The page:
Watchmakers for evolution

Watchmaker
Watchmaker, from Wikipedia

The sheer complexity of natural organisms is often cited as a “scientific” reason why evolution must be false – as here for instance (though when this fallacy of the argument is pointed out the poster resorts to attacking people for being ‘ungodly’, therefore giving the game away) – it is simply too much to expect such random arrangements to come into being.

Reading Herbert A. Simon‘s classic 1962 paper “The Architecture of Complexity” we can see this argument get taken down using, perhaps mischievously, an analogy long favoured by creationists, that of a watchmaker.

Simon’s argument runs as follows: imagine we had two watchmakers making watches of equal quality, each with 1000 separate parts. But the two use two different methods. Watchmaker A’s watches are hierarchical in nature, she makes the watches out of hierarchies of ten pieces, which are then assembled into another hierarchy of 10 pieces, and then these 10 pieces are assembled together to make the watch. Watchmaker B takes a different approach, assembling all 1000 pieces in one ‘flat’ system.

Now when either watchmaker gets a telephone call from a potential customer they must put the piece they are working on down and restart work on it from scratch when they put the phone down.

This means when B gets a call he has to start building the whole watch again from scratch, while when A gets a call she only has to restart the piece in the hierarchy. What are the outcomes for their businesses?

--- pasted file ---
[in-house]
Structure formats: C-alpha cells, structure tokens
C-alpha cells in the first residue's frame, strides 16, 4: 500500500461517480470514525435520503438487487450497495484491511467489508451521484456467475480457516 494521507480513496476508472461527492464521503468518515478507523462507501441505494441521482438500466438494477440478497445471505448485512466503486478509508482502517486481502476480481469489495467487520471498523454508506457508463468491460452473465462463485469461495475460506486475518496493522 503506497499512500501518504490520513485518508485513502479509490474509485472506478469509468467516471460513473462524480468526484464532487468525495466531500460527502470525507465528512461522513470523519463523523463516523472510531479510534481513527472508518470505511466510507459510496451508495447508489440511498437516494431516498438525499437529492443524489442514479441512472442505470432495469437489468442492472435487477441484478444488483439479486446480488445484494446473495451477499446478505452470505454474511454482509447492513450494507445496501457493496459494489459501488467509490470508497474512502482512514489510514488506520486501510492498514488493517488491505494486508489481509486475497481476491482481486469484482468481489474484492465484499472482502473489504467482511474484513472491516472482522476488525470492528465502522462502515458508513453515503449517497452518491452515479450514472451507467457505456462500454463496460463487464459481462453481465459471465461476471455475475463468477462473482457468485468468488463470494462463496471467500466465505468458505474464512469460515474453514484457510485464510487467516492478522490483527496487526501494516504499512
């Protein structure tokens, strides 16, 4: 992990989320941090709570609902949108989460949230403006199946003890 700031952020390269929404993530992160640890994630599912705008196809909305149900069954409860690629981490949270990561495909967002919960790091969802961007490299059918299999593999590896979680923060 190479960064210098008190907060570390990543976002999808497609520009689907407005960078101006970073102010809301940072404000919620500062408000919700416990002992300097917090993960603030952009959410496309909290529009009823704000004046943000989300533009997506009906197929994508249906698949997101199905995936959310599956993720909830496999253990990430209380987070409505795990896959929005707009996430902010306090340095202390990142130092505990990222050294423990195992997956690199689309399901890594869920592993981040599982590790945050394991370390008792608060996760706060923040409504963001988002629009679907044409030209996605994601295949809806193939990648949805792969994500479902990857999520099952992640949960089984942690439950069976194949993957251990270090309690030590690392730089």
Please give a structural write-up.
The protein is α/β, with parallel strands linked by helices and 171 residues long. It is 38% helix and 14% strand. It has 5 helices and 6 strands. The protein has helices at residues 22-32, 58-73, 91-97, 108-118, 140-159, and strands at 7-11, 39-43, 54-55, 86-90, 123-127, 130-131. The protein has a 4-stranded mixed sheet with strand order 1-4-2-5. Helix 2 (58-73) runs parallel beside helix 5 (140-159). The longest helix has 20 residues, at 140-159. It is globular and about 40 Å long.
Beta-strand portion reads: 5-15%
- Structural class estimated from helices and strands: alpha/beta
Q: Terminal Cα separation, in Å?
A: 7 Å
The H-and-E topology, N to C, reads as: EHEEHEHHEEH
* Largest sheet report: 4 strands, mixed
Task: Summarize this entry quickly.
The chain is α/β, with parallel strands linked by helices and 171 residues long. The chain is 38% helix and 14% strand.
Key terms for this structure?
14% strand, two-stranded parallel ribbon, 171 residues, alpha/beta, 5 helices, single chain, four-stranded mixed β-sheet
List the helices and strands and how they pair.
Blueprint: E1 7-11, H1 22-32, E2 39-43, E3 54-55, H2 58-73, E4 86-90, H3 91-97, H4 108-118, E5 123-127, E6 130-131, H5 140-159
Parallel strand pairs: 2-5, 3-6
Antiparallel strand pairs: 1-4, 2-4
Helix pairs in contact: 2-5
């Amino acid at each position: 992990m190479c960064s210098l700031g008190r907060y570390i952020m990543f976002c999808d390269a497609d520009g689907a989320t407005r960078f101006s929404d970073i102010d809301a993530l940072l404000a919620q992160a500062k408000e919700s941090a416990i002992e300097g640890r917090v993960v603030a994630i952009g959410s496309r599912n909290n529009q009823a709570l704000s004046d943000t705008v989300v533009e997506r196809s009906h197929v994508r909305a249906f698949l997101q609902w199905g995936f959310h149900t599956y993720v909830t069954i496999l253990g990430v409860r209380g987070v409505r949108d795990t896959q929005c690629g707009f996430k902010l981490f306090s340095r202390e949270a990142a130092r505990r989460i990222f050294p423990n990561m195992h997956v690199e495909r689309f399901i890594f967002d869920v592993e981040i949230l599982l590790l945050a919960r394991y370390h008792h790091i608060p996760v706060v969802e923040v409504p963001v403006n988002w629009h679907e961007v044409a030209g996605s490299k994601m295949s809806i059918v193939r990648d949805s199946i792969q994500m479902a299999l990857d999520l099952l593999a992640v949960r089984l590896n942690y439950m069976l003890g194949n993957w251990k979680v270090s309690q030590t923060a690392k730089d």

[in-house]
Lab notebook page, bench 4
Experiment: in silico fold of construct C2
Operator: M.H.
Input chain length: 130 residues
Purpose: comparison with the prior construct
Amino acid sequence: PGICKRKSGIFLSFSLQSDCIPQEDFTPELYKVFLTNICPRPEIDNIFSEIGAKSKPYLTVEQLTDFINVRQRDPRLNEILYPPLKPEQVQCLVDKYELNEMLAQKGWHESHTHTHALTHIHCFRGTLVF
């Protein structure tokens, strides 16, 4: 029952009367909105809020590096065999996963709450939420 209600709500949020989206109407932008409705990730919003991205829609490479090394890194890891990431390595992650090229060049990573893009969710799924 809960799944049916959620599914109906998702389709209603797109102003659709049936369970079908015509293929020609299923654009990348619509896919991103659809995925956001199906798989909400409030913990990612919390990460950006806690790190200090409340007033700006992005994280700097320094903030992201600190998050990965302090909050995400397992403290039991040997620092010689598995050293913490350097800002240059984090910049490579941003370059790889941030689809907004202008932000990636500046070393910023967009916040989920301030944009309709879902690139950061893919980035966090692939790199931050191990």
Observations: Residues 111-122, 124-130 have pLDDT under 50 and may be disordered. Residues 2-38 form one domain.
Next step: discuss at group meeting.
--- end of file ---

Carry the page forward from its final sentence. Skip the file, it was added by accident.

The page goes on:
Well, let us say they can add a piece every minute. Then, obviously B takes 1000 minutes to make a watch.

But A takes more time: she makes 100 pieces of 10 pieces – 1000 minutes and then a further 100 minutes to assemble these into 10 pieces and another 10 minutes to put these 10 pieces together – a total of 1110 minutes – more than 11% longer.

But, in fact, A is far more productive than B. Because every time a call comes through, A is only set back 5 minutes (plus the call time) on average (ie half an assembly), whereas B is likely to lose much more time.

Let us us say both watchmakers get a call on average every 100 minutes of manufacturing time – so the probability of getting a call in any minute is 0.01. Then A will get an average of 11.1 calls during each watch manufacture – adding 55.5 minutes (for ease of exposition we ignore that this extra time increases the chances of getting a call). So A produces a new watch every 1166 minutes or so (not enough to keep up with demand, we note, but that’s another issue).

What of B? The chances that B will complete a watch are very low indeed. The chances that B can complete a watch are in fact 0.99^{1000} – the probability that a call will not come through in 1000 minutes – roughly a 0.00004 chance. So for every 8 hours of the working day (480 minutes), on average A will output \frac{480}{1166} watches and B will output \frac{480}{1000} \times 0.00004 – in other words A will be more than 21,000 times more productive than B.

The relevance to evolution is that the creationists are arguing that natural selection follows the path of B, when obviously it follows A. Living things are hierarchies – and as they evolve they do not have to start from scratch every time.

Indeed the example shows that repeatable natural processes in general will tend to generate hierarchies because otherwise they will not be repeatable.

The paper contains a lot of other fascinating insights about the natures of hierarchies – some of which have been confounded by recent experience of social media. I may blog about some of them too in coming days.

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